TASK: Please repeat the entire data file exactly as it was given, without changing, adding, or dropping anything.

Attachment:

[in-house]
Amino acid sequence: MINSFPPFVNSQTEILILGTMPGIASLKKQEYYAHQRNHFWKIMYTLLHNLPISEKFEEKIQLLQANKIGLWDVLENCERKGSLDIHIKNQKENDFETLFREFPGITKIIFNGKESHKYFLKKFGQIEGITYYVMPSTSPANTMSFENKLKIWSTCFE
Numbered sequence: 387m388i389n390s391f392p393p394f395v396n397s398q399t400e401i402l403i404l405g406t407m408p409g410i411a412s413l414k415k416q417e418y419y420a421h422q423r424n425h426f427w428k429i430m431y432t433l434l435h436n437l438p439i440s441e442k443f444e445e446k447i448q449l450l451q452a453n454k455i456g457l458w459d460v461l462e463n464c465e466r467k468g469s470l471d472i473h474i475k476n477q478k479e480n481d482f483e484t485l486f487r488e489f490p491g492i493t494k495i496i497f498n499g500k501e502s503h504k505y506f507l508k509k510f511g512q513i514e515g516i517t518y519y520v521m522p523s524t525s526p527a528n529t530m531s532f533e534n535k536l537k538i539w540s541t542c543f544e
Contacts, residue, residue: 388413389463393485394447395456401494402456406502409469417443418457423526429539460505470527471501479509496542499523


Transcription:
[in-house]
Amino acid sequence: MINSFPPFVNSQTEILILGTMPGIASLKKQEYYAHQRNHFWKIMYTLLHNLPISEKFEEKIQLLQANKIGLWDVLENCERKGSLDIHIKNQKENDFETLFREFPGITKIIFNGKESHKYFLKKFGQIEGITYYVMPSTSPANTMSFENKLKIWSTCFE
Numbered sequence: 387m388i389n390s391f392p393p394f395v396n397s398q399t400e401i402l403i404l405g406t407m408p409g410i411a412s413l414k415k416q417e418y419y420a421h422q423r424n425h426f427w428k429i430m431y432t433l434l435h436n437l438p439i440s441e442k443f444e445e446k447i448q449l450l451q452a453n454k455i456g457l458w459d460v461l462e463n464c465e466r467k468g469s470l471d472i473h474i475k476n477q478k479e480n481d482f483e484t485l486f487r488e489f490p491g492i493t494k495i496i497f498n499g500k501e502s503h504k505y506f507l508k509k510f511g512q513i514e515g516i517t518y519y520v521m522p523s524t525s526p527a528n529t530m531s532f533e534n535k536l537k538i539w540s541t542c543f544e
Contacts, residue, residue: 388413389463393485394447395456401494402456406502409469417443418457423526429539460505470527471501479509496542499523